Organize Your Knowledge with Piggydb

Dmitri Popov

Productivity Sauce

Apr 25, 2009 GMT
Dmitri Popov

We all have our area of expertise, but how can you actually convert your knowledge into an accessible and searchable form? To do this, you need software that allows you to create and maintain knowledgebases -- something like Piggydb.

Piggydb comes as a single .zip archive which contains everything you need to get started. Unpack the archive, switch to the resulting directory in the terminal, execute the sh run.sh command, and Piggydb is ready to go. Point your browser to http://localhost:8080 and log in using "owner" as both the user name and password. You can then start populating the database with entries (called fragments in Piggydb) by clicking on the Create a new fragment link. Piggydb supports two types of fragments: text and file. As you might have guessed, the latter allows you to attach a file to the knowledgebase entry. Creating a text fragment is as easy as specifying a title and entering the actual content in the appropriate fields. Piggydb supports a subset of wiki markup, including different text styles, lists, preformatted text, tables, and links. You can view a full list of the supported formatting options with brief descriptions and examples by clicking on the Wiki Markup link at the bottom-right corner of the Content field. You can also specify tags in the Tags field. Once the fragment is ready, hit the Preview button to preview it and Register to add the fragment to the database. The Create a new fragment link lets you create a top-level knowledgebase article, but you can also add a sub-article to any of the existing fragments by clicking on the fragment's hyperlinked number in the title and clicking on the Create a new related fragment link. You can also establish a relation between the currently viewed fragment and any other fragment in the database. To do this, enter the number of the target fragment in the Create a new relation to field and press OK.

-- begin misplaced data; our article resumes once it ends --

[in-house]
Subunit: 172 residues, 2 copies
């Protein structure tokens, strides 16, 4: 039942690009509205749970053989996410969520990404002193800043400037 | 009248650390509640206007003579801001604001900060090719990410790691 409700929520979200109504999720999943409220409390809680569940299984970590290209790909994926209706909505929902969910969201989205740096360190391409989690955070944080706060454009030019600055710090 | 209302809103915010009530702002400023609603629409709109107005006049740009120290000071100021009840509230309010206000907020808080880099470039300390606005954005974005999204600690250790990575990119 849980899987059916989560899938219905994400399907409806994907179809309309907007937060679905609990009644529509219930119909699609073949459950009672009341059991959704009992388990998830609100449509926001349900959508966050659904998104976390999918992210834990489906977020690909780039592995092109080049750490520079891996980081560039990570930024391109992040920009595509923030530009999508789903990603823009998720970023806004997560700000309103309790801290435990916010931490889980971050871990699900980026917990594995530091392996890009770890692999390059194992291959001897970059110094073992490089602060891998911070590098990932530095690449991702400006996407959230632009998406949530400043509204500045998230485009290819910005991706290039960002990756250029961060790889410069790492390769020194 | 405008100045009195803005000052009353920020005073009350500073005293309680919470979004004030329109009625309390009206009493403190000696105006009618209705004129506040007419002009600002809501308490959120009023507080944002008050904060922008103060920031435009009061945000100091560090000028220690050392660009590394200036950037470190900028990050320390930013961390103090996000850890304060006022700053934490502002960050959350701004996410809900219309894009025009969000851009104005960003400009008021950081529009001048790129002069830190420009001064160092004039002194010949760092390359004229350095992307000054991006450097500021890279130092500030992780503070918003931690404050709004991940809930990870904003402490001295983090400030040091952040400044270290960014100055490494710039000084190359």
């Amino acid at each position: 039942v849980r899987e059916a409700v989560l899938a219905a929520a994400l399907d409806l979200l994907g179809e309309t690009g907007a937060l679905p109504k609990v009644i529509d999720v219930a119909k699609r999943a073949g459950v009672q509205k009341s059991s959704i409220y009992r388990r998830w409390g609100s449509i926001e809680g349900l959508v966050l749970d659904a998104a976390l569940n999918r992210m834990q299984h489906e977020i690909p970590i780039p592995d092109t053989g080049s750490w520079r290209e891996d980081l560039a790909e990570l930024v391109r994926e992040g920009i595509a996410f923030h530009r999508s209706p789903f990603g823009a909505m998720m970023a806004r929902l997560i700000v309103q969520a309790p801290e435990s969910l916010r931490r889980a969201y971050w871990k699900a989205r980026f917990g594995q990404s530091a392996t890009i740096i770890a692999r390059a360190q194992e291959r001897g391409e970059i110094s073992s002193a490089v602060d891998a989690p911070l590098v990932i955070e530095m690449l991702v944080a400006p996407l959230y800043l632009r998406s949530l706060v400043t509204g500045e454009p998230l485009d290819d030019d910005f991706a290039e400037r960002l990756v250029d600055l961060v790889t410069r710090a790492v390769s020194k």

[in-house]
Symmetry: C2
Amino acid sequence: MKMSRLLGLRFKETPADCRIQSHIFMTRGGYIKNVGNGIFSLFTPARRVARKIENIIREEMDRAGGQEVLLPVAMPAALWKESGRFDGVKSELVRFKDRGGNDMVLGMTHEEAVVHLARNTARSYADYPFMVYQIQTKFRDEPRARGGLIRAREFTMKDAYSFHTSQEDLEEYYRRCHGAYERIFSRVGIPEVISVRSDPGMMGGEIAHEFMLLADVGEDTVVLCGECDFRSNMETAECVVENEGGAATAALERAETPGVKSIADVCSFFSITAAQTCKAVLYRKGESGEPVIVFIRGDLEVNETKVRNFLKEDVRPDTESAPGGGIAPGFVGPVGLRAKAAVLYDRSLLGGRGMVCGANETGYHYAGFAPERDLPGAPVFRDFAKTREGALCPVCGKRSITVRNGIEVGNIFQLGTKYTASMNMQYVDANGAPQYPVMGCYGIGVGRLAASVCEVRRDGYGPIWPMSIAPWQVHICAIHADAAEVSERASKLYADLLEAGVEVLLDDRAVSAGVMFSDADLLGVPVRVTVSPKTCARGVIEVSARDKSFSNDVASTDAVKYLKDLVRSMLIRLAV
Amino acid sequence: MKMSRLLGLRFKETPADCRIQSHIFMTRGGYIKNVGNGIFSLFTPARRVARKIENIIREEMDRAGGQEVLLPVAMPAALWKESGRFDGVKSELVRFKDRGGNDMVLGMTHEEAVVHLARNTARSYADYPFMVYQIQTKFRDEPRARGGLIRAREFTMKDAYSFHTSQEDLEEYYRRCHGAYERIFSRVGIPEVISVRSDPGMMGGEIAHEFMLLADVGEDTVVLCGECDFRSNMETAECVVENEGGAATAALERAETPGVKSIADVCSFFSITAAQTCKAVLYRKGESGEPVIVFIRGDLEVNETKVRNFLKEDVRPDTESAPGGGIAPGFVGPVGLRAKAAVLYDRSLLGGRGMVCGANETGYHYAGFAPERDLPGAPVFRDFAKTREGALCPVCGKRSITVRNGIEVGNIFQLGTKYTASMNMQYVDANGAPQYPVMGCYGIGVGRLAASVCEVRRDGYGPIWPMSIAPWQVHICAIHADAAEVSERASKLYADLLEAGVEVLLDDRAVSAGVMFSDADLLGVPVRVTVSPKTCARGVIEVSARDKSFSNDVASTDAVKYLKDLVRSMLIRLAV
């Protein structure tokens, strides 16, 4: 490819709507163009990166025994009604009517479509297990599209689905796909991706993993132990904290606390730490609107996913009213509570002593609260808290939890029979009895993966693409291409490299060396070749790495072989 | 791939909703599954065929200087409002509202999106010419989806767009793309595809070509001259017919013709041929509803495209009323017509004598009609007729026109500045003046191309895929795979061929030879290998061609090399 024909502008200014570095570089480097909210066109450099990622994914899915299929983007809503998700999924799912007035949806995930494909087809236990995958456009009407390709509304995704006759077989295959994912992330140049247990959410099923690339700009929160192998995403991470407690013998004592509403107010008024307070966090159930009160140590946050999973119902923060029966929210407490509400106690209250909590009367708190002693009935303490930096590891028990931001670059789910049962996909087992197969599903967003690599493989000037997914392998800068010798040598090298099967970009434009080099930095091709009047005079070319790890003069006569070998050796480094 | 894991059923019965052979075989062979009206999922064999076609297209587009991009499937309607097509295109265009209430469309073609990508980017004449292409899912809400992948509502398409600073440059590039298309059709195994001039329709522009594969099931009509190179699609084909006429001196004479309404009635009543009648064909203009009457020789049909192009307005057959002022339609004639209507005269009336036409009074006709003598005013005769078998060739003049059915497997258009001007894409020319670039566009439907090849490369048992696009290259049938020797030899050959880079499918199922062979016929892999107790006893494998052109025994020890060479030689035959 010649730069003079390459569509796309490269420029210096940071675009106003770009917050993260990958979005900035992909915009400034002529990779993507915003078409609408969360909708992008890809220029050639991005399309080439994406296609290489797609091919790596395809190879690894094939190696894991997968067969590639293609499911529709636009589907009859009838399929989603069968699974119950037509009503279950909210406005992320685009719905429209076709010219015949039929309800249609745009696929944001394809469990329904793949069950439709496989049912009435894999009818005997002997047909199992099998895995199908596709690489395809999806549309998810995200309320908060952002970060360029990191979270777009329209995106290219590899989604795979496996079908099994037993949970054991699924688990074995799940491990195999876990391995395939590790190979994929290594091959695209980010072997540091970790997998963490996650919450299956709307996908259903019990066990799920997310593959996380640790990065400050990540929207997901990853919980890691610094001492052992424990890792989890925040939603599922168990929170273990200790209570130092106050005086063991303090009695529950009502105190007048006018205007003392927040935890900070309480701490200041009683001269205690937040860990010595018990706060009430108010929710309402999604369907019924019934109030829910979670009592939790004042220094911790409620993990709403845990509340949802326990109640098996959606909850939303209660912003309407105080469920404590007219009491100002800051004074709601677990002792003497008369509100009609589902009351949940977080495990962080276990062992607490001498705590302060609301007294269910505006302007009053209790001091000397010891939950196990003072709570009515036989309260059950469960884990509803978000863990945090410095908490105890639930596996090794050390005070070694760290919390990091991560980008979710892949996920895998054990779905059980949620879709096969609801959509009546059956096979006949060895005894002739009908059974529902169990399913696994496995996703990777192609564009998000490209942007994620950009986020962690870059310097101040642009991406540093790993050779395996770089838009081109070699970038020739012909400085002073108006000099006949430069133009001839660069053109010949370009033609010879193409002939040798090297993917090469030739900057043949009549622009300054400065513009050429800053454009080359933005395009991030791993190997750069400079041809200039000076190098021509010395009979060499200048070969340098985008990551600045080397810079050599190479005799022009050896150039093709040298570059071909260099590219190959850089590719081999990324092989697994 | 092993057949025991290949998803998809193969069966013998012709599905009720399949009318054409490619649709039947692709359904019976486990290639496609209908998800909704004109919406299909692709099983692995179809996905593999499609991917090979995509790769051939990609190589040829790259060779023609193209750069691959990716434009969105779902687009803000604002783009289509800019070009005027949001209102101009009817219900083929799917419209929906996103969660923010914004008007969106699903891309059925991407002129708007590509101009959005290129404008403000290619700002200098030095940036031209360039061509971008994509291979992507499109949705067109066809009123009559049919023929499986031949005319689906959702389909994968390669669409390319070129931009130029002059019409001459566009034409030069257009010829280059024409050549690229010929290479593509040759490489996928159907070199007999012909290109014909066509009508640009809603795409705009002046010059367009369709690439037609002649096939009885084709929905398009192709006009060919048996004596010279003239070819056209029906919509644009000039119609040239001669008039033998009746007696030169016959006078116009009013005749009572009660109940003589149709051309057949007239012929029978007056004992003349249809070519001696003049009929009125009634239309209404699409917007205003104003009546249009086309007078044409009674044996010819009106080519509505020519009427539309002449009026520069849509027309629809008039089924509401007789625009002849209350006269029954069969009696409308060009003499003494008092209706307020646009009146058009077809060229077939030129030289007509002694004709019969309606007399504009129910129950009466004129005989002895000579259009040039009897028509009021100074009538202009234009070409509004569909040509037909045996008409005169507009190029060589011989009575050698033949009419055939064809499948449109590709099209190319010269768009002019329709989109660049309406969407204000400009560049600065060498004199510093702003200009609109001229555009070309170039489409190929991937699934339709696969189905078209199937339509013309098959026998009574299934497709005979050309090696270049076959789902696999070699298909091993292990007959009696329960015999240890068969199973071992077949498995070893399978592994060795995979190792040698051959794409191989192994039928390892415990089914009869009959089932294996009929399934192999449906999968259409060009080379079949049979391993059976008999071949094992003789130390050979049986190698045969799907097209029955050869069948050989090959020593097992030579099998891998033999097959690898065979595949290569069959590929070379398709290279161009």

Piggydb makes extensive use of tags when it comes to finding the fragments you need. To view all fragments containing a specific tag, simply press on the tag you want. This displays all relevant fragments along with a list of related tags in the Related Tags section. Click on any tag on the list to include it in the current search. If you often need to view fragments containing a certain tag or tags, you can use the Filter feature, so you don't have to specify the same search query every single time. Choose Filter -> New filter, pick the tags you want to include and exclude from the search, give the filter a name, and press Save. Next time you press on the Filter button in the navigation menu, you will see a list of fragments that match the filter's criteria. The Tag tree feature (Tags -> Tag Tree) lets you specify a filter on the fly by simply picking the tags you want.

Finally, Piggydb makes it rather easy to back up and restore your knowledgebase. Choose System -> Export, press the Export the current database button, and the system saves fragments and attached files as a single .pig archive (a zip archive containing an XML file of all the fragments and a folder with the attached files). Restoring the knowledge base is equally easy: choose System -> Restore, select the .pig file, and press the Restore the database button.

Comments

  • Comment

    I would agree that Piggydb offers many Evernote features, including tags, search, and a similar interface. The only problem is that it's difficult to install and run. As far as I know from a tutorial downloaded from free files search engine http://www.sharedshares.com for installation instructions, you should download and extract the Piggydb zip file, and check out readme.txt. If Piggydb developers made it simple to install, this would be a killer app.
  • ?

    I'm not sure why this is being hailed as a wonderful piece of innovative software. I have nothing against it, but I was unable to see the utility beyond what I use for PIM, like wikidpad.
  • PiggyDB example??

    For some reason, I'm having trouble visualizing exactly how PiggyDB is to be used. Could you give a brief example of how to used this software? Let's say, using the automobile industry - make, model etc etc. Something that I can relate to. TIA...
    --
    dukeofperl
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